Inducted into the Shell Rimula Wall of Fame at ReUnion 2005.Doylie made his first contribution to the transport industry when he chose to become a truck driver. His interstate experience began driving a car carrier for Nicky Banavas thus laying a firm foundation as a truck driver amid the interstate trucking fraternity. He moved on, driving a Foden, for the Sydney-based Abode family, memories he still cherishes to this day.
Driving S-model Kenworths for Blomfield & Camerons was ground- breaking days with the import of these vehicles. The vision of these men changed the industry for the better. Being part of that was a wonderful time for all.
Working for Scarfe Transport was indeed a challenge, hauling drilling equipment and general freight in harsh country west of the Alice tested the best of men. Doylie then moved on finding work with Cold Storage headed up by Tony Nivens. Melbourne, Perth, across the top to Darwin, down to Alice and back to Sydney became a regular run. The Nullabour wasn’t made then, nor was the South Road to Alice; even parts of NSW had sections of dirt. It was a hard task for those in the trucking industry but Doylie was one of the tough men who conquered it.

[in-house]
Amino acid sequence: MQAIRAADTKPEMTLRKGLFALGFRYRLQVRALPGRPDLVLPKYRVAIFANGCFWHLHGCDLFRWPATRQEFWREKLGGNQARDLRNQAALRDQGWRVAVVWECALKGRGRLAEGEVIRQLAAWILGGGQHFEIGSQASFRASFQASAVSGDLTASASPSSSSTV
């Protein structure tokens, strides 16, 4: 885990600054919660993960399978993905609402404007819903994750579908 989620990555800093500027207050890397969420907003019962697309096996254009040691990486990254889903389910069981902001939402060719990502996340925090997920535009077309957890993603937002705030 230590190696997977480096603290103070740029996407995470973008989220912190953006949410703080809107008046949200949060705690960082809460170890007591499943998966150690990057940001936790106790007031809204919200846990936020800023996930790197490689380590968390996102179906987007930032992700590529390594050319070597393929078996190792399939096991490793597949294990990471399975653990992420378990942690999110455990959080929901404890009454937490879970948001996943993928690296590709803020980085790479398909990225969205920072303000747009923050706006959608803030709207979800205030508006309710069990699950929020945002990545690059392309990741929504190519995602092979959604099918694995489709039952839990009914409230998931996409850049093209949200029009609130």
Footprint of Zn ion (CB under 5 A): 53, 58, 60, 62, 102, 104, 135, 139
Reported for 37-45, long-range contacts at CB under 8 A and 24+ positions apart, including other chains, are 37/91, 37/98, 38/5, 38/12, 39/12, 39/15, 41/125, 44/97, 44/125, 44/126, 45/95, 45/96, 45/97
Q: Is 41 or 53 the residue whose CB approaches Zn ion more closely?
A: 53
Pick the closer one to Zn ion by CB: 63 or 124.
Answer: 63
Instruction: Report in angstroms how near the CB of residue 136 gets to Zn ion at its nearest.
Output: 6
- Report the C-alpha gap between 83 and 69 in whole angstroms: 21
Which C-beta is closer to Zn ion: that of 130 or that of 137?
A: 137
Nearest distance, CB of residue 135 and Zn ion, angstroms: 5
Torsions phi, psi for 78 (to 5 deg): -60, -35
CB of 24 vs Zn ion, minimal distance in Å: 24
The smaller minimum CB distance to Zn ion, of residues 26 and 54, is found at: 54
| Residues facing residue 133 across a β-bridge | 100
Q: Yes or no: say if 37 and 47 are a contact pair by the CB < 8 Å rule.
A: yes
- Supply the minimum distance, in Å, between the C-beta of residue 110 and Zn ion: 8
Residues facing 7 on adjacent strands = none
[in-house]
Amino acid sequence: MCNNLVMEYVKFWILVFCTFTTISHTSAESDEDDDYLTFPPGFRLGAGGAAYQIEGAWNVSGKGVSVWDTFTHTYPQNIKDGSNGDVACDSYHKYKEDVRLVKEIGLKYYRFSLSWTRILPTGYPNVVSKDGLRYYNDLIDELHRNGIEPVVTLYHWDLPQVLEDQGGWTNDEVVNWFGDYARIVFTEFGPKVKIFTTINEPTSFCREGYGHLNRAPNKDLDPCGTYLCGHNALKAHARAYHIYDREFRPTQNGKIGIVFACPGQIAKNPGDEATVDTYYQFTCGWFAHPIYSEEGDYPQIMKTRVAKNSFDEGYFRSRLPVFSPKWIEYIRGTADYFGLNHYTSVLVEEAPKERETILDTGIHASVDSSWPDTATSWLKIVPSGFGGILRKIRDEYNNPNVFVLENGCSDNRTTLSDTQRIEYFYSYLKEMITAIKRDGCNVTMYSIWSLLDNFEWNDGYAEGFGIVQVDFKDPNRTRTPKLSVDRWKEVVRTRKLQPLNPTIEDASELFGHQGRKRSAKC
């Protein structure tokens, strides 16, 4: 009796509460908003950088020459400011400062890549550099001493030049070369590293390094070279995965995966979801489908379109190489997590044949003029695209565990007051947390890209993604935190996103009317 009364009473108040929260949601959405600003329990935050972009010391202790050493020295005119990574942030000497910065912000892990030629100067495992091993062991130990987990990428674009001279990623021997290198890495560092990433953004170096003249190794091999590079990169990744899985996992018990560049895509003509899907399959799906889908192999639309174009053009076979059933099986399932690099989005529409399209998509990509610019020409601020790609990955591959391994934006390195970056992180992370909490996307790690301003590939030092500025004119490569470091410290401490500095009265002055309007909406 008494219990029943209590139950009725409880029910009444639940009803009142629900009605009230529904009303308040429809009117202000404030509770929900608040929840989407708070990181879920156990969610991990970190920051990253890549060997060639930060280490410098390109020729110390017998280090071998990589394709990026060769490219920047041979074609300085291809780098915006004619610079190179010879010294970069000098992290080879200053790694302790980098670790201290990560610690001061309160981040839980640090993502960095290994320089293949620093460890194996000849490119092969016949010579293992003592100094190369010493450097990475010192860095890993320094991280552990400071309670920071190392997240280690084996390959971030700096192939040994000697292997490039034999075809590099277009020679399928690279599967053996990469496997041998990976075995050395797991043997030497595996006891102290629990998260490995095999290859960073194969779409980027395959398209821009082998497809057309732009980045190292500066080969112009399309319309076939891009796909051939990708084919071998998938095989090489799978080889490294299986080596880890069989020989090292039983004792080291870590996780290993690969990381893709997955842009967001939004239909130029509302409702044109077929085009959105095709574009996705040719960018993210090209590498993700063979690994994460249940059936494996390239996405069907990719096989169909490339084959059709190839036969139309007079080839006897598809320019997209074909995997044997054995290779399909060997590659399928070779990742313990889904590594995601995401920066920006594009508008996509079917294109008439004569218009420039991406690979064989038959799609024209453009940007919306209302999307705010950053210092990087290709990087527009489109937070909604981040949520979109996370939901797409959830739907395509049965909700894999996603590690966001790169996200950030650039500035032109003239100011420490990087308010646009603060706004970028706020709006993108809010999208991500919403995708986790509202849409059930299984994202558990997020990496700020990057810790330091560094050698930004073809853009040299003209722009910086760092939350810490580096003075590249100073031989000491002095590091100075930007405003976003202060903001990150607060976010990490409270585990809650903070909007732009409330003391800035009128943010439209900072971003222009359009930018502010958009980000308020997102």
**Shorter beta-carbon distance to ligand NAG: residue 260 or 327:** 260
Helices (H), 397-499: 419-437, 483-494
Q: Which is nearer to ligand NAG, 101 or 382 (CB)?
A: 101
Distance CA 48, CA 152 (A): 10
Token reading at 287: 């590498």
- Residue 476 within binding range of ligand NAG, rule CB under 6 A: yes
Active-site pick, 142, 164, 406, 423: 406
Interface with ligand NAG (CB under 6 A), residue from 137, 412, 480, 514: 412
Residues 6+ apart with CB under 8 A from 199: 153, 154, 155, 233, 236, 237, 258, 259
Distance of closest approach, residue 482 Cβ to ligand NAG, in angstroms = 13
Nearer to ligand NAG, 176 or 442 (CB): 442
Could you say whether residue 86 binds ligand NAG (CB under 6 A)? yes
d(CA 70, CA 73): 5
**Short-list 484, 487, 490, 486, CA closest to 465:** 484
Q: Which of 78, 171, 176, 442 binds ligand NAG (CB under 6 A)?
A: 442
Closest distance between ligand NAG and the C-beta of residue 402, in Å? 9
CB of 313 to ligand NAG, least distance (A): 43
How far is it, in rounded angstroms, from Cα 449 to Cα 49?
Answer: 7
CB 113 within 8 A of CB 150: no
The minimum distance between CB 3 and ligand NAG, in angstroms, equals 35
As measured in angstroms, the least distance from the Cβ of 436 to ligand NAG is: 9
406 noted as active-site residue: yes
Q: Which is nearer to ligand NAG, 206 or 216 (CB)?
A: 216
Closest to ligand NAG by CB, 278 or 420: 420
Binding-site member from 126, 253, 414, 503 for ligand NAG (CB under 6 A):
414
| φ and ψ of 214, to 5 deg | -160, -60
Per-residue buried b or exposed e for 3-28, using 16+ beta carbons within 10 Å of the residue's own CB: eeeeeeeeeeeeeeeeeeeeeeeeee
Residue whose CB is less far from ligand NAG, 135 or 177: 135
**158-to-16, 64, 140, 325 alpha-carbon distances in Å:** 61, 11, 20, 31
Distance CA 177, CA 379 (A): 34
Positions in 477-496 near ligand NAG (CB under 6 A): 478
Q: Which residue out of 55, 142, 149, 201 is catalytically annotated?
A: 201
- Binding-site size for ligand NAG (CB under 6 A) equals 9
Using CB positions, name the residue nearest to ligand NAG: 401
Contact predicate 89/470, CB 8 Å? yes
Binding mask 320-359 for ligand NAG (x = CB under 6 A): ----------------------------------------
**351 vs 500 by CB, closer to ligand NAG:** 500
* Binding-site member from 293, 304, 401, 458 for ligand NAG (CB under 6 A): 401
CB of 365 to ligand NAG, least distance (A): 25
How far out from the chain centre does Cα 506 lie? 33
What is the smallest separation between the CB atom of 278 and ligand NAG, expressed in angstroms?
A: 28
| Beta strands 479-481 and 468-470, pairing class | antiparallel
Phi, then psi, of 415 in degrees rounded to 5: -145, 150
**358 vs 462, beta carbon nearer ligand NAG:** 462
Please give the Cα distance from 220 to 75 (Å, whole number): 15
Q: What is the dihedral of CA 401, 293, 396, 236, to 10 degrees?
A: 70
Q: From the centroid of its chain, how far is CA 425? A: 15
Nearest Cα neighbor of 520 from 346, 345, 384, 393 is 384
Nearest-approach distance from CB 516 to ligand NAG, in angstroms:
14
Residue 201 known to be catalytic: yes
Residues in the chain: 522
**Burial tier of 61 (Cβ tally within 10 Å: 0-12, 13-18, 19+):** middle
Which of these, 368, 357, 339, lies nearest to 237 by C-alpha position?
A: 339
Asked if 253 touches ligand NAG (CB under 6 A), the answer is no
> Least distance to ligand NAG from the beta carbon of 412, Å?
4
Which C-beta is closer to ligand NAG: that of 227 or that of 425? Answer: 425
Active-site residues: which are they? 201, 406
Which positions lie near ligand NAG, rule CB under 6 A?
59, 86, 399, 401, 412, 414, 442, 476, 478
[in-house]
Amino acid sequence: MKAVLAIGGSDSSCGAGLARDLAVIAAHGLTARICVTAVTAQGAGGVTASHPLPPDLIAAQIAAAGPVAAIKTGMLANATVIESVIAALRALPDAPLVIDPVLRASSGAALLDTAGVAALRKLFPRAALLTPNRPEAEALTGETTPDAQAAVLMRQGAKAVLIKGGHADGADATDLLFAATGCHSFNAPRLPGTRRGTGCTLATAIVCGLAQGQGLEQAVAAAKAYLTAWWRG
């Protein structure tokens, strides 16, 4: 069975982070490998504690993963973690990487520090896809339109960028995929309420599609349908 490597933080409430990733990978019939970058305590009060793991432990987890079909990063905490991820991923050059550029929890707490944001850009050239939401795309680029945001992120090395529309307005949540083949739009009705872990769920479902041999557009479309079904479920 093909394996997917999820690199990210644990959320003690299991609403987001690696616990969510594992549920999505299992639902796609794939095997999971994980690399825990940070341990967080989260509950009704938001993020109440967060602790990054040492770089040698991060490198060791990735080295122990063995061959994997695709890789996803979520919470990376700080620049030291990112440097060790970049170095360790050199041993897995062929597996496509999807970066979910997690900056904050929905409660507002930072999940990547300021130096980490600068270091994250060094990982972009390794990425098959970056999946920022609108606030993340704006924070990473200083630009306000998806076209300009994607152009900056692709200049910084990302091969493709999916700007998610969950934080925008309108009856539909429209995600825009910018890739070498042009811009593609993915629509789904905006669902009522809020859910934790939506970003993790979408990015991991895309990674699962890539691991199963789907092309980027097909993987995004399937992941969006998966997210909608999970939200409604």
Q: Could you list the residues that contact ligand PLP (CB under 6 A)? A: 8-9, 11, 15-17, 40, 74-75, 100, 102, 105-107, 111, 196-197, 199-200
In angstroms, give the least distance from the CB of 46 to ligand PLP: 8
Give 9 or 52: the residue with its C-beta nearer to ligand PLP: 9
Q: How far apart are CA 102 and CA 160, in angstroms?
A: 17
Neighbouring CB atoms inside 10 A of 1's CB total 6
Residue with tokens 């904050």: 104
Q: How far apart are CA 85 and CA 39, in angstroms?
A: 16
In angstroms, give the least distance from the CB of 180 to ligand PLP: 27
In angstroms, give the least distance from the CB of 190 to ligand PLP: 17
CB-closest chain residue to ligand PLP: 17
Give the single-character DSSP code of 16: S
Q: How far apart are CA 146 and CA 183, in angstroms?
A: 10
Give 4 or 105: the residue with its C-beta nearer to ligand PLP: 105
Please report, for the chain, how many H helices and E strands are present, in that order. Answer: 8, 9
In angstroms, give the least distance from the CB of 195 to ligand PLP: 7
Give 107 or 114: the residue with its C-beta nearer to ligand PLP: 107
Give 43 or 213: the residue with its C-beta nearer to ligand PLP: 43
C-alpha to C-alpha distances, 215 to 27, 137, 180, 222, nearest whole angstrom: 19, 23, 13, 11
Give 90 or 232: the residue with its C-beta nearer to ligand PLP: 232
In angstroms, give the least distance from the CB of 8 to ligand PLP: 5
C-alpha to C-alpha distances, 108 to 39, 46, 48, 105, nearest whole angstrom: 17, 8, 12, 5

Doylie also drove the first tri-axle for Western Transport in the heavy haulage section, another ground-breaking force in the industry. He took on the task of transport manager for Eagles & Braham increasing the work load of the company, and jobs for others within the workforce of the industry.
His main contribution to the transport industry was just being there. He is a pioneer in his own right with a camaraderie and mate-ship the likes of which other industries can only dream. Ronnie made his mark, has been there, done that. Most importantly, he made a difference. He really is one of this industry’s true characters of the road.
Ronald Victor Doyle passed away suddenly in South Australia on January 8th, 2012. He was 74.